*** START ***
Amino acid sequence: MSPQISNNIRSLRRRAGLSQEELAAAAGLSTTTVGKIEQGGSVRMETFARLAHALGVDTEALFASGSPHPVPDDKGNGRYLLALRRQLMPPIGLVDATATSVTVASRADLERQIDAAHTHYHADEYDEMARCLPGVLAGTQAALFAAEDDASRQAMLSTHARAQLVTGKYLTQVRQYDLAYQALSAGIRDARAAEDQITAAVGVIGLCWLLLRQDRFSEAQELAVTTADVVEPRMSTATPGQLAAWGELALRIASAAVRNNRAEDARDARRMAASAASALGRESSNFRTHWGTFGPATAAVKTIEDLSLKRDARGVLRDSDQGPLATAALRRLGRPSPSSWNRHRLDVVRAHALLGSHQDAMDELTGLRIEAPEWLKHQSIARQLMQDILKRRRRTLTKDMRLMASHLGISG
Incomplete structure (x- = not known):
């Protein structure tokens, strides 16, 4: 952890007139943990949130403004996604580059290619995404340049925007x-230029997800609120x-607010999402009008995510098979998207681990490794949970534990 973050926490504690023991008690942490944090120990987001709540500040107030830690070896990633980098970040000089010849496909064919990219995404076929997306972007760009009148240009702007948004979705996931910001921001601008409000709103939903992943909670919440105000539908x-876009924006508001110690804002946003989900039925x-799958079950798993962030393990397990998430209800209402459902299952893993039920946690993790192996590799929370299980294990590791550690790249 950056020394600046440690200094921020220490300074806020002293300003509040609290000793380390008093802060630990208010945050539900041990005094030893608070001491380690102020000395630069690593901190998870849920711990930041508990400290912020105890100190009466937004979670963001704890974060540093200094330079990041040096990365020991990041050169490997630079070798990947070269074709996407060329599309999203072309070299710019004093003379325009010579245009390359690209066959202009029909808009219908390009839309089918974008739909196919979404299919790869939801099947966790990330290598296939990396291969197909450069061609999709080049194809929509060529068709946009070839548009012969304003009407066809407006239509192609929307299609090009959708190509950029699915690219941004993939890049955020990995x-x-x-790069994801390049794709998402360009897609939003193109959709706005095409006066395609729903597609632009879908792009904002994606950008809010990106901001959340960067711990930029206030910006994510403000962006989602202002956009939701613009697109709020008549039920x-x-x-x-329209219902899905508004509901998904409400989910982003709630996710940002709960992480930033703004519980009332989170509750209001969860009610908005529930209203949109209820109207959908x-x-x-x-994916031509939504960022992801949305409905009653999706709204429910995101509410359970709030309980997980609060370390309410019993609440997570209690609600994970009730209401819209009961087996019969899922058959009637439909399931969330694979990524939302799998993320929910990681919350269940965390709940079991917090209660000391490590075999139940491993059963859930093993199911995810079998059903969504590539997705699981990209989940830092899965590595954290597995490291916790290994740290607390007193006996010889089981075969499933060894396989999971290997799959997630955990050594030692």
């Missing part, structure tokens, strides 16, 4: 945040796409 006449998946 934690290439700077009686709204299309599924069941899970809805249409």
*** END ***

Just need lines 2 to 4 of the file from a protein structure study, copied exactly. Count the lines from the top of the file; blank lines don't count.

Incomplete structure (x- = not known):
């Protein structure tokens, strides 16, 4: 952890007139943990949130403004996604580059290619995404340049925007x-230029997800609120x-607010999402009008995510098979998207681990490794949970534990 973050926490504690023991008690942490944090120990987001709540500040107030830690070896990633980098970040000089010849496909064919990219995404076929997306972007760009009148240009702007948004979705996931910001921001601008409000709103939903992943909670919440105000539908x-876009924006508001110690804002946003989900039925x-799958079950798993962030393990397990998430209800209402459902299952893993039920946690993790192996590799929370299980294990590791550690790249 950056020394600046440690200094921020220490300074806020002293300003509040609290000793380390008093802060630990208010945050539900041990005094030893608070001491380690102020000395630069690593901190998870849920711990930041508990400290912020105890100190009466937004979670963001704890974060540093200094330079990041040096990365020991990041050169490997630079070798990947070269074709996407060329599309999203072309070299710019004093003379325009010579245009390359690209066959202009029909808009219908390009839309089918974008739909196919979404299919790869939801099947966790990330290598296939990396291969197909450069061609999709080049194809929509060529068709946009070839548009012969304003009407066809407006239509192609929307299609090009959708190509950029699915690219941004993939890049955020990995x-x-x-790069994801390049794709998402360009897609939003193109959709706005095409006066395609729903597609632009879908792009904002994606950008809010990106901001959340960067711990930029206030910006994510403000962006989602202002956009939701613009697109709020008549039920x-x-x-x-329209219902899905508004509901998904409400989910982003709630996710940002709960992480930033703004519980009332989170509750209001969860009610908005529930209203949109209820109207959908x-x-x-x-994916031509939504960022992801949305409905009653999706709204429910995101509410359970709030309980997980609060370390309410019993609440997570209690609600994970009730209401819209009961087996019969899922058959009637439909399931969330694979990524939302799998993320929910990681919350269940965390709940079991917090209660000391490590075999139940491993059963859930093993199911995810079998059903969504590539997705699981990209989940830092899965590595954290597995490291916790290994740290607390007193006996010889089981075969499933060894396989999971290997799959997630955990050594030692």
């Missing part, structure tokens, strides 16, 4: 945040796409 006449998946 934690290439700077009686709204299309599924069941899970809805249409």